Crucial Conversations – Chapter 6 section 3 (part 11 of 18)

Watch for Three “Clever” Stories.

As we begin to piece together why people are doing what they’re doing (or equally important, why we’re doing what we’re doing), with time and experience we become quite good at coming up with explanations that serve us well. Either our stories are completely accurate and propel us in healthy directions, or they’re quite inaccurate but justify our current behavior – making us feel good about ourselves and call for no need to change. … it’s the second kind of story that routinely gets us into trouble.

When we feel a need to justify our ineffective behavior or disconnect ourselves from our bad results, we tend to tell our stories in three very predictable ways. Learn what the three are and how to counteract them, and you can take control of your emotional life. Fail to do so and you’ll be a victim to the emotions you’re predisposed to have wash over you at crucial times.


Victim Stories – “It’s Not My Fault”

The first of the clever stories is the Victim Story. Victim Stories, as you might imagine, make us out to be innocent sufferers. The theme is always the same. The other person is bad, wrong, or dumb, and we are good, right, or brilliant. Other people do bad or stupid things, and we suffer as a result.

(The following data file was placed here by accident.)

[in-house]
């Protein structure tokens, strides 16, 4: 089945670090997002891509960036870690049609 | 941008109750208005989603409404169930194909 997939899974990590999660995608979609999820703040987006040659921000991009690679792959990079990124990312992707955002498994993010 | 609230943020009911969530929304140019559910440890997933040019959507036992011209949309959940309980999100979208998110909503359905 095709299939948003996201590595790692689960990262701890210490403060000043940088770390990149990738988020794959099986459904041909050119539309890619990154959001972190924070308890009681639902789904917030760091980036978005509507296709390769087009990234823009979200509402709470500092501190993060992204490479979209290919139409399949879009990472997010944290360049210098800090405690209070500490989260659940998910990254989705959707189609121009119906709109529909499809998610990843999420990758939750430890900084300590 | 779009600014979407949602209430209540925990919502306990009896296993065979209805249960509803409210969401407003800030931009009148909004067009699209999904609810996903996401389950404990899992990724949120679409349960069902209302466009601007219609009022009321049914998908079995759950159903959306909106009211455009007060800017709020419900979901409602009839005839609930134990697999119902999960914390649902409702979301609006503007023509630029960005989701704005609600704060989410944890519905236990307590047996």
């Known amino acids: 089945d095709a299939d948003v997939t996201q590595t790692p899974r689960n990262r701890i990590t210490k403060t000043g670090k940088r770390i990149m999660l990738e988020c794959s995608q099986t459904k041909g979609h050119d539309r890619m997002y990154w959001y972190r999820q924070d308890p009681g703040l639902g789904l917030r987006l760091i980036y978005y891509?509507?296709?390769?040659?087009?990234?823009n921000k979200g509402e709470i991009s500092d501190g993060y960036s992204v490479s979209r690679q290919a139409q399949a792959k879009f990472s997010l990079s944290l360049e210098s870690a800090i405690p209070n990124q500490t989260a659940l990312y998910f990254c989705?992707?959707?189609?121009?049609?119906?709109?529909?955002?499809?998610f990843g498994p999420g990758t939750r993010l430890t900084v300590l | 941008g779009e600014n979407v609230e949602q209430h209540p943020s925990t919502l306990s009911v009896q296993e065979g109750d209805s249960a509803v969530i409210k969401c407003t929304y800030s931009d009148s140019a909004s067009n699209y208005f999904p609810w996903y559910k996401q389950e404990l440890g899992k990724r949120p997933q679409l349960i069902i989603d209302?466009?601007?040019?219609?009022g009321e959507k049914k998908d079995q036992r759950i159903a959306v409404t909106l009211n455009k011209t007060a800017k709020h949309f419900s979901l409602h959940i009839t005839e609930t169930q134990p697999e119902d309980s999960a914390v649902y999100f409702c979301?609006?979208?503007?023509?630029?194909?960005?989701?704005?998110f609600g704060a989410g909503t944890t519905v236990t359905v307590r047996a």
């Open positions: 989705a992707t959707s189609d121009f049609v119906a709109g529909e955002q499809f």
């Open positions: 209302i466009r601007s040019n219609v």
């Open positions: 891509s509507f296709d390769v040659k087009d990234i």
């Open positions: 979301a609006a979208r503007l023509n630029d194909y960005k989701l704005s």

Within most crucial conversations, when you tell a Victim Story, you intentionally ignore the role you have played in the problem. You tell your story in a way that judiciously avoids whatever youhave done (or neglected to do) that might have contributed to the problem.


Villain Stories – “It’s All Your Fault”

We create these nasty little tales by turning normal, decent human beings into villains. We impute bad motive, and then we tell everyone about the evils of the other party as if somehow we’re doing the world a huge favor.

In Victim Stories we exaggerate our own innocence. In Villain Stories we overemphasize the other person’s guilt or stupidity. … Labeling is a common device in Villain stories. For example, “I can’t believe that boneheadgave me bad materials again.” By employing the handy label, we are now dealing not with a complex human being, but with a bonehead.

Watch for the double standard. When you pay attention to Victim and Villain Stories and catch them for what are – unfair caricatures – you begin to see the terrible double standard we use when our emotions are out of control. When wemake mistakes, we tell a Victim Story by claiming our intentions were innocent and pure. … On the other hand, when othersdo things that hurt or inconvenience us, we tell Villain Stories in which we inventterrible motives or exaggerate flaws for others based on how their actions affected us.